Those who hope to own the rights to the proposed four-team college football playoff are already counting the cash.
The only major question is how to pick the participating teams.
Unfortunately, no one is considering the players who are needed to make this happen.
If your team is in a conference that has a championship game and it reaches the national title game, you will have played 15 games.
Excuse us for the uncomfortable math, but that is one fewer game than an NFL regular season.
Remember what happened when NFL owners tried to shove an 18-game regular season down the players' throats? The NFL Players Association told them where they could stick that idea.
The NFPLA has enough sense to know additional money won't do their players much good if they can't find the front door to their house because their brains have turned into Alaskan mush.
College football players will not get one additional cent for playing a 15-game schedule and risking their well-being so coaches, athletic directors and schools can stuff their wallets.
An estimated 300,000 sports-related traumatic brain injuries, most of them concussions, occur annually in the United States, according to the Centers for Disease Control. Football is at the forefront.
Silent on the increased
danger is NCAA President Mark Emmert, the man who promotes the word "student-athlete" to show his organization cares about those who generate the money while living the life of an indentured servant.
If you don't care about players' safety, then at least pay them.
South Carolina head coach Steve Spurrier took a stand for the players at last week's SEC spring meetings when he proposed giving college football players additional money to help cover their expenses, which are way above what a "full scholarship" involves.
All the SEC head football coaches agreed. A good part of the rest of the college football world acted as if Spurrier's head must be damaged from all the times he threw his cap to the ground.
"We think they need more and deserve it. It's as simple as that ... because of the tremendous amount of money they're bringing in," Spurrier said in part.
He was calling for his football players to get a stipend that would cover expenses above the cost of attendance and said that number should be around $3,500 to $4,000 per year.
Spurrier's plea was not officially heard, but the SEC announced it would distribute at record $241.5 million to its 12 member schools for the 2011-12 school year, an average payout of about $20.1 million. About $166.1 million of the total was generated by football.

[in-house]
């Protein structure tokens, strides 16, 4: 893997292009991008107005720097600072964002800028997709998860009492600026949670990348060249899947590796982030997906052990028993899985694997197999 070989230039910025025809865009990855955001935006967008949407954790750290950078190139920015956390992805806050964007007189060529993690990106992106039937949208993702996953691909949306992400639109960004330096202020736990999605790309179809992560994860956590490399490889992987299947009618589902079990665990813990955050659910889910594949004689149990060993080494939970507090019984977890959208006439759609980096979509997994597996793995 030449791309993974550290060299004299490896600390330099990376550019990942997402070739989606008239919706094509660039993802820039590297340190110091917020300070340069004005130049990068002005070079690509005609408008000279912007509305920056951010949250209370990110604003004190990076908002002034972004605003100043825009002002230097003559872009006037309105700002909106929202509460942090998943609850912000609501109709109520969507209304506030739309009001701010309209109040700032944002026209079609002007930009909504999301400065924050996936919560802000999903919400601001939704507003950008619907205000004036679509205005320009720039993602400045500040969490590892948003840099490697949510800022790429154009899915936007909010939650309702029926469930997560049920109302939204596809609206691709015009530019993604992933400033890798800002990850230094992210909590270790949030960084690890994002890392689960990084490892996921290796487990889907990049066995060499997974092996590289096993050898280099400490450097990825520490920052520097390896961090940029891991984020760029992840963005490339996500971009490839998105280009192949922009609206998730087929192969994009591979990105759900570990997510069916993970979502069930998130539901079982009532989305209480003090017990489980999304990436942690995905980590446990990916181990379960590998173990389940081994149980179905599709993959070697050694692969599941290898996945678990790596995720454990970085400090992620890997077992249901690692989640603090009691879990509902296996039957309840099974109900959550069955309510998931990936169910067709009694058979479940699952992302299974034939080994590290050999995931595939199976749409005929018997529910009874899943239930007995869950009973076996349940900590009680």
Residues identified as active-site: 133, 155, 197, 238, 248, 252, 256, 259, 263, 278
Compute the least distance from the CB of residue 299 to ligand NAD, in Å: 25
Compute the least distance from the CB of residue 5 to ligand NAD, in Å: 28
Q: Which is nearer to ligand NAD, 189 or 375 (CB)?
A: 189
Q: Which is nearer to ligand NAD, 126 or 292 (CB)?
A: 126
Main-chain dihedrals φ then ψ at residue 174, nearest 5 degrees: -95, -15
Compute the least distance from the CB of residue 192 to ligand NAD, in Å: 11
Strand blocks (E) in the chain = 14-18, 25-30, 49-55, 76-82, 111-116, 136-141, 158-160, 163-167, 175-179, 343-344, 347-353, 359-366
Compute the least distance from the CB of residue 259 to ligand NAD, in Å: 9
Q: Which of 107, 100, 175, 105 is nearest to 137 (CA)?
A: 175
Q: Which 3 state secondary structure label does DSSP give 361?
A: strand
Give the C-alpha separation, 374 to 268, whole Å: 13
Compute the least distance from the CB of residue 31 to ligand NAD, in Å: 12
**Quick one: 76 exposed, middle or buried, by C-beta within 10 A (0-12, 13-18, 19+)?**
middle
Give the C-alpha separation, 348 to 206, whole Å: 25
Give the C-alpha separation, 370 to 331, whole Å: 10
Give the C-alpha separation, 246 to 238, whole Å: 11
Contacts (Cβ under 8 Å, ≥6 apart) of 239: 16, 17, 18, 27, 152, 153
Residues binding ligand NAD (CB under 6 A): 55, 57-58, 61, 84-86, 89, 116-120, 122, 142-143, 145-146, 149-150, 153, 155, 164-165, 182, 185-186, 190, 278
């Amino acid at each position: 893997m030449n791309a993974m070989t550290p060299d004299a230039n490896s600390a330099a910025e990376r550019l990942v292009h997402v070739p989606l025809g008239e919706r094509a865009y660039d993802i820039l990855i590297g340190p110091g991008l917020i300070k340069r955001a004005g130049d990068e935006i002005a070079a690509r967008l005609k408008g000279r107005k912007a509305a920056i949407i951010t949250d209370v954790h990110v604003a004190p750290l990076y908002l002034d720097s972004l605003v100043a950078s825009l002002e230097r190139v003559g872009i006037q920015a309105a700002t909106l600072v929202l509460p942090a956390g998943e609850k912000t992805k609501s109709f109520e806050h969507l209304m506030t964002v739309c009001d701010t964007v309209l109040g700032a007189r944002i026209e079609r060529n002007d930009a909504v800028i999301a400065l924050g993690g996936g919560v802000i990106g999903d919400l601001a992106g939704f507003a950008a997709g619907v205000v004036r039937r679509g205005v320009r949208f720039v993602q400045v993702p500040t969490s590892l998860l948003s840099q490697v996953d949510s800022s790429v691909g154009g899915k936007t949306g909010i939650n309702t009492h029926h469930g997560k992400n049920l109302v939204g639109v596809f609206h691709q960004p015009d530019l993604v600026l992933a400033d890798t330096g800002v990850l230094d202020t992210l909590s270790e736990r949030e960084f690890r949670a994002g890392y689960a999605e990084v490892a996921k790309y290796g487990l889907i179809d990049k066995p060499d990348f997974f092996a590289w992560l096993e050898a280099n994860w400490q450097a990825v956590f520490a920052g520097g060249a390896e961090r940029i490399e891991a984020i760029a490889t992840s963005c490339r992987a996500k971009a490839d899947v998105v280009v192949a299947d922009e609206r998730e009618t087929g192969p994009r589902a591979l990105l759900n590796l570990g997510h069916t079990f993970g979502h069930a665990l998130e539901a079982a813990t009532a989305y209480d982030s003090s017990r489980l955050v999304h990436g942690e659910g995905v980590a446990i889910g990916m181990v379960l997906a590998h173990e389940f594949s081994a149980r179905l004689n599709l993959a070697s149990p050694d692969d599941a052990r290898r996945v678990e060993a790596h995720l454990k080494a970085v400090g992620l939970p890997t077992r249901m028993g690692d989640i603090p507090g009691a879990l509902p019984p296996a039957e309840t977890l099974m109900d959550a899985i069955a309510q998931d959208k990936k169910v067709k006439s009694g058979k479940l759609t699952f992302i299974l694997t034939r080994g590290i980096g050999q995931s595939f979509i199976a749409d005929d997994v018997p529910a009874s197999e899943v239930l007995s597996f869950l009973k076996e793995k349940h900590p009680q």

Maybe the other SEC coaches were feeling guilty about the millions they earn thanks to their players or worried Spurrier would get a recruiting edge.
He has been out front in leading the charge that big-time college football players are getting cheated and are at the back end of the food line.
Most colleges already have their PR machines well-oiled to spit out the reasons why they can't give football players more money.
Their trump card is Title IX. It throws gender equity into the equation and is the best weapon in their arsenal. Nobody wants to be called a chauvinist.
There is a simple solution. It is so simple and fair that the NCAA is sure to reject it.
Let the players get their own endorsement and sponsorship deals. They did it for Olympic athletes before they took the amateurism out of the games and allowed pros to play.
It makes sense. If an athlete can accept endorsement money or sell his name to a company, it doesn't cost the school anything and you can't claim gender discrimination because it's a free-market system.
Everybody makes his or her own deal based on demand.
But this won't happen.
Universities dependent on football revenue to survive will see the cash that an apparel company gives an athlete as something that will diminish the available money that could go into their vaults.
There also will be charges that certain schools -- shall we dare say those in the SEC? -- will have a clandestine marketing firm available to get their athletes the best deals.
And if it turns out that it might be better for a five-star football player to attend Rutgers over Alabama because of marketing opportunities in the New York metropolitan area, how long will it take Nick Saban to jump off his soap box to help his economically deprived football players.
Emmert is not a physician, but he surely can work through a simple math problem that two more college football games a year will not ensure the improved health of the players.
"It was a common occurrence to have eight, 10, 12 kids a year die in the early 1900s playing college football," he said at the Big 12 annual meeting last week. "The NCAA was formed in part to say, 'We can't have that.' And today if we had anything like that happen, we'd go appropriately berserk."
University of Washington defensive back Curtis Williams died in 2002 from a football injury, and the NCAA wouldn't give his family money to pay for the funeral.
Emmert, the former president at Washington, has done little to change the NCAA catastrophic insurance program that falls way short of helping players with catastrophic injuries, and no one is going berserk.
They are more concerned about how to pick the four teams for major college football's first playoff in 143 years.
That's what they call progress!
Alan Dell, Herald sports writer, can be reached at 941-745-7080, ext. 2112.